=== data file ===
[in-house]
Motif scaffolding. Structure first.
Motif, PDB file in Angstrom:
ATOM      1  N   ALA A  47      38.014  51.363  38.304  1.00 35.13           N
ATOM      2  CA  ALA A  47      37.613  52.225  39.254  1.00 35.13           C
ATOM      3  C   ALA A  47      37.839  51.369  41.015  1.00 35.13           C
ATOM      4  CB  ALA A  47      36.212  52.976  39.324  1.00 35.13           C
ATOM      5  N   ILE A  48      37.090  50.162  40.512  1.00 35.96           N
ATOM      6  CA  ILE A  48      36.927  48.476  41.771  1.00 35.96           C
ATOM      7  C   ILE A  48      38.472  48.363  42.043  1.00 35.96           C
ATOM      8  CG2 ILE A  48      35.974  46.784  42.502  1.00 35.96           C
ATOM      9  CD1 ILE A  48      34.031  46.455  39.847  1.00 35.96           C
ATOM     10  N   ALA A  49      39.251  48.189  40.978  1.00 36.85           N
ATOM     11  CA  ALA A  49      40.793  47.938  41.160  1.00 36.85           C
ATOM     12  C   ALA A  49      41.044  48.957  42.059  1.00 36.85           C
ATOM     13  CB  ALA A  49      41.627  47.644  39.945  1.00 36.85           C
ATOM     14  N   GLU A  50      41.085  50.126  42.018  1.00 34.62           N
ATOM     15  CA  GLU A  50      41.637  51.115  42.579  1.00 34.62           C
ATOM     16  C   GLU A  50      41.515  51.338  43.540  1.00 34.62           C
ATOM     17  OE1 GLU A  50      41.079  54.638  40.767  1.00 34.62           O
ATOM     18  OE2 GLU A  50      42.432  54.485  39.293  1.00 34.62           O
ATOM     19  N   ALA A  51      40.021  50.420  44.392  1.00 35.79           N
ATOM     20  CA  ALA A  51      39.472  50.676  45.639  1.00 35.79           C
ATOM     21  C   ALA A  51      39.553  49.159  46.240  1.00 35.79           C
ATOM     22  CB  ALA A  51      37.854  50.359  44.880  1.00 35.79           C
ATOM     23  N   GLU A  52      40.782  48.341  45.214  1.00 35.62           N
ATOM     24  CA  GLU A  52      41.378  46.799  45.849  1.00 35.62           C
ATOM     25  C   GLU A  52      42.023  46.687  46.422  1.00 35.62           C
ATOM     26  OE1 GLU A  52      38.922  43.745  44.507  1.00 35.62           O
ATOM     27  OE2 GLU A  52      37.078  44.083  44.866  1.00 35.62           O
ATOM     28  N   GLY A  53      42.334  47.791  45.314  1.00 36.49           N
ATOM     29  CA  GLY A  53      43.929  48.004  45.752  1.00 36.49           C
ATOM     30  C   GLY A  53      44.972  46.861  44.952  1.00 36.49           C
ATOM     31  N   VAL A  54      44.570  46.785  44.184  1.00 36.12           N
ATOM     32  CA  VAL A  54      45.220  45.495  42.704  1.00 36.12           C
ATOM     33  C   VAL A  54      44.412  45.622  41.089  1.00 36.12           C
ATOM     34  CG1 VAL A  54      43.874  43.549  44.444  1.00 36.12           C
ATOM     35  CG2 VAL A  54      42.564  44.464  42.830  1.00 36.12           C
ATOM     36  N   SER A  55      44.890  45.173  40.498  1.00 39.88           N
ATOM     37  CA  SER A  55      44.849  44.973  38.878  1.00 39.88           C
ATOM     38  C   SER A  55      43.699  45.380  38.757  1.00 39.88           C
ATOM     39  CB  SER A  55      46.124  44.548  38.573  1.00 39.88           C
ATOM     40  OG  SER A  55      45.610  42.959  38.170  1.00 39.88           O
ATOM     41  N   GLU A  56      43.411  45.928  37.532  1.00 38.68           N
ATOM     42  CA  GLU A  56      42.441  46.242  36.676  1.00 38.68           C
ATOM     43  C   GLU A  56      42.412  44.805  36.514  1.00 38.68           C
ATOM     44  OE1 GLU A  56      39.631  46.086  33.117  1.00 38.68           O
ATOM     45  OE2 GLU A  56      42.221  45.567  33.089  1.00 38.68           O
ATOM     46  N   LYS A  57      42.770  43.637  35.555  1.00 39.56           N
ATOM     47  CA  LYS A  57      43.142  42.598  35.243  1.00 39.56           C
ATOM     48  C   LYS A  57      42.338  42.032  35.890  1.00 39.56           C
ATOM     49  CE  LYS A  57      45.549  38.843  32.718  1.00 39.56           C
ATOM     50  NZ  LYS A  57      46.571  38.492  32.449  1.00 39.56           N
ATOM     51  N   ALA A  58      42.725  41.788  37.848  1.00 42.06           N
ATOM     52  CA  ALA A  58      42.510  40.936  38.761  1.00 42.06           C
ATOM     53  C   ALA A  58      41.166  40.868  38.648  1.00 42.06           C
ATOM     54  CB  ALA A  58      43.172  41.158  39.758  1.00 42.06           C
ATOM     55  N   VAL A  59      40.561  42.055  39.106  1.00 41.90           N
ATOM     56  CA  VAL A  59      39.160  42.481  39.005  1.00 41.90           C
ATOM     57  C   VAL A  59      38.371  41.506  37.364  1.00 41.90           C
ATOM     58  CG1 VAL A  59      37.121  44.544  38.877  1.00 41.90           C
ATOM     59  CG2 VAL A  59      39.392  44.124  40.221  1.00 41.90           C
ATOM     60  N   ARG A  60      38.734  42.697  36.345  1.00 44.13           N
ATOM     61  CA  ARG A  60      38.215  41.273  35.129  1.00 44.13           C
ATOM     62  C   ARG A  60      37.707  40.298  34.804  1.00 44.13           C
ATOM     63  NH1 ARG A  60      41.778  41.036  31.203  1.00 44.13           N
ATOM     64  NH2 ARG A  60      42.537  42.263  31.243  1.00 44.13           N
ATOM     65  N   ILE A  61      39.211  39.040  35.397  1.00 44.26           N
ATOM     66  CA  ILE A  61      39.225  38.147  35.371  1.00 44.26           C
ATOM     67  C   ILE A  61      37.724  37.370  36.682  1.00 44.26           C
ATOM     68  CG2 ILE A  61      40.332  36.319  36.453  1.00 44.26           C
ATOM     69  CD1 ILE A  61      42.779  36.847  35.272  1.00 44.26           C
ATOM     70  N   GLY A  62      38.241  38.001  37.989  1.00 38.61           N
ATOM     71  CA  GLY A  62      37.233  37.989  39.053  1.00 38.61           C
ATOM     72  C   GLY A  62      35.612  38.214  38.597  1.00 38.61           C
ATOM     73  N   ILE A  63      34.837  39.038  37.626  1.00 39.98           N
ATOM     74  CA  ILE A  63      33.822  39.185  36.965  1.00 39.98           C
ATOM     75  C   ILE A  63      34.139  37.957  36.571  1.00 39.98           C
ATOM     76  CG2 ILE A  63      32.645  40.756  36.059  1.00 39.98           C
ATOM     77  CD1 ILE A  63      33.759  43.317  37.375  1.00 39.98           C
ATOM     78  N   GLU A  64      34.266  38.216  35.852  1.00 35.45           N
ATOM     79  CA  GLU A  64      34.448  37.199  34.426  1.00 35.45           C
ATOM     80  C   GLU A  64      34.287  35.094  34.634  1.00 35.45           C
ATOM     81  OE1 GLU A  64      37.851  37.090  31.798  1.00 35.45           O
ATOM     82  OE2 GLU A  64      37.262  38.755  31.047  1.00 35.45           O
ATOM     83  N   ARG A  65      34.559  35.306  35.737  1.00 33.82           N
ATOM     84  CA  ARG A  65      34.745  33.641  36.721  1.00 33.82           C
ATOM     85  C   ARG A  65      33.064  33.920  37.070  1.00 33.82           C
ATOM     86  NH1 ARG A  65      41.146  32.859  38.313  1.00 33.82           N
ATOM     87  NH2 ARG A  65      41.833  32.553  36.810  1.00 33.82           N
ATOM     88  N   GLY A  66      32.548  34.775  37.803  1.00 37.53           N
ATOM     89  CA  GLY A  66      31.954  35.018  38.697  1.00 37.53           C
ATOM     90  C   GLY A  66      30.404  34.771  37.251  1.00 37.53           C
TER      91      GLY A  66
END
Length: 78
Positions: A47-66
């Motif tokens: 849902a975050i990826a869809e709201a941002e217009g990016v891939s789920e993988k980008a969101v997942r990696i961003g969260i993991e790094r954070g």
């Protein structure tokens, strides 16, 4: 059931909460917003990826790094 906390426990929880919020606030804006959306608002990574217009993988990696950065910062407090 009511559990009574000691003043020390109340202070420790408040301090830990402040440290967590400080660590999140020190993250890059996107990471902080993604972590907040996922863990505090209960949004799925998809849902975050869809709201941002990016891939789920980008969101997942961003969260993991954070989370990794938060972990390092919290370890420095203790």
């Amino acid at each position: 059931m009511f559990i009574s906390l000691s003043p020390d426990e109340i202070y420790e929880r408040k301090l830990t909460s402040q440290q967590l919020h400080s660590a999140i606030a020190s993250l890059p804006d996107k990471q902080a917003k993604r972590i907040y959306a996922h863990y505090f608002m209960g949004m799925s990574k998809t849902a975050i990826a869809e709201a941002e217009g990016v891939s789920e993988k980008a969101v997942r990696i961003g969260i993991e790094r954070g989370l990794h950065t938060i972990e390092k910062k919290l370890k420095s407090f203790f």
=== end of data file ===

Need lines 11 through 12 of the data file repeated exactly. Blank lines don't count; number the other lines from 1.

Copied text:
ATOM      8  CG2 ILE A  48      35.974  46.784  42.502  1.00 35.96           C
ATOM      9  CD1 ILE A  48      34.031  46.455  39.847  1.00 35.96           C